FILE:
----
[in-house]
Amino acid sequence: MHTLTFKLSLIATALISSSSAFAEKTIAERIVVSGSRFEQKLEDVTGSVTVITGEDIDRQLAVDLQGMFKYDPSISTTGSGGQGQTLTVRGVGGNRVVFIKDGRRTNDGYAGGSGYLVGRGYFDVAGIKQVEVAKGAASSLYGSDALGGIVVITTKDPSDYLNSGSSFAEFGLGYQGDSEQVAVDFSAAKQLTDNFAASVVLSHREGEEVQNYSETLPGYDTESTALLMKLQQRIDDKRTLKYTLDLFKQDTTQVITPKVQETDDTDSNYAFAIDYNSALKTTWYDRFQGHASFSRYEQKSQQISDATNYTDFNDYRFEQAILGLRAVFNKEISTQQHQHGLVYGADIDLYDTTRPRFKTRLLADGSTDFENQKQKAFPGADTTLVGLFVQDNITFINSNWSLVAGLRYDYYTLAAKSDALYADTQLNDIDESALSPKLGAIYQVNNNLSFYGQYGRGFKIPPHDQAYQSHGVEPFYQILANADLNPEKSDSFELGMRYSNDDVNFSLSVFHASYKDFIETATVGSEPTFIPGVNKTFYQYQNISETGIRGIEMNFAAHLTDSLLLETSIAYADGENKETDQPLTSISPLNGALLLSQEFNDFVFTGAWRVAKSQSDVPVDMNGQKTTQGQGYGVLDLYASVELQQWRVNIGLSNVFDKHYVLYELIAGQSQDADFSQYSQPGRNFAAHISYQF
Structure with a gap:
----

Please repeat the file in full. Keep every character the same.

[in-house]
Amino acid sequence: MHTLTFKLSLIATALISSSSAFAEKTIAERIVVSGSRFEQKLEDVTGSVTVITGEDIDRQLAVDLQGMFKYDPSISTTGSGGQGQTLTVRGVGGNRVVFIKDGRRTNDGYAGGSGYLVGRGYFDVAGIKQVEVAKGAASSLYGSDALGGIVVITTKDPSDYLNSGSSFAEFGLGYQGDSEQVAVDFSAAKQLTDNFAASVVLSHREGEEVQNYSETLPGYDTESTALLMKLQQRIDDKRTLKYTLDLFKQDTTQVITPKVQETDDTDSNYAFAIDYNSALKTTWYDRFQGHASFSRYEQKSQQISDATNYTDFNDYRFEQAILGLRAVFNKEISTQQHQHGLVYGADIDLYDTTRPRFKTRLLADGSTDFENQKQKAFPGADTTLVGLFVQDNITFINSNWSLVAGLRYDYYTLAAKSDALYADTQLNDIDESALSPKLGAIYQVNNNLSFYGQYGRGFKIPPHDQAYQSHGVEPFYQILANADLNPEKSDSFELGMRYSNDDVNFSLSVFHASYKDFIETATVGSEPTFIPGVNKTFYQYQNISETGIRGIEMNFAAHLTDSLLLETSIAYADGENKETDQPLTSISPLNGALLLSQEFNDFVFTGAWRVAKSQSDVPVDMNGQKTTQGQGYGVLDLYASVELQQWRVNIGLSNVFDKHYVLYELIAGQSQDADFSQYSQPGRNFAAHISYQF
Structure with a gap: